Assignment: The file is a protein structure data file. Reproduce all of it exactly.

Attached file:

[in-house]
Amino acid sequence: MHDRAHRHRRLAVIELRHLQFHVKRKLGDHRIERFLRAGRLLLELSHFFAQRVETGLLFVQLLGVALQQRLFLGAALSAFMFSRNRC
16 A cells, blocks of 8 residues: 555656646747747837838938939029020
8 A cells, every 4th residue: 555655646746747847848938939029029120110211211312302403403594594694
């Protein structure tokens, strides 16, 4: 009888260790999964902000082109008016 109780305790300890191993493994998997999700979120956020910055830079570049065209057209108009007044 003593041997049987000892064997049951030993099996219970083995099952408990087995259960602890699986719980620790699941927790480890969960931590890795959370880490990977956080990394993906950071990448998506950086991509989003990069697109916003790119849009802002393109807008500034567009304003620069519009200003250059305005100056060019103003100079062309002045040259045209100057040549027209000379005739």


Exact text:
[in-house]
Amino acid sequence: MHDRAHRHRRLAVIELRHLQFHVKRKLGDHRIERFLRAGRLLLELSHFFAQRVETGLLFVQLLGVALQQRLFLGAALSAFMFSRNRC
16 A cells, blocks of 8 residues: 555656646747747837838938939029020
8 A cells, every 4th residue: 555655646746747847848938939029029120110211211312302403403594594694
């Protein structure tokens, strides 16, 4: 009888260790999964902000082109008016 109780305790300890191993493994998997999700979120956020910055830079570049065209057209108009007044 003593041997049987000892064997049951030993099996219970083995099952408990087995259960602890699986719980620790699941927790480890969960931590890795959370880490990977956080990394993906950071990448998506950086991509989003990069697109916003790119849009802002393109807008500034567009304003620069519009200003250059305005100056060019103003100079062309002045040259045209100057040549027209000379005739």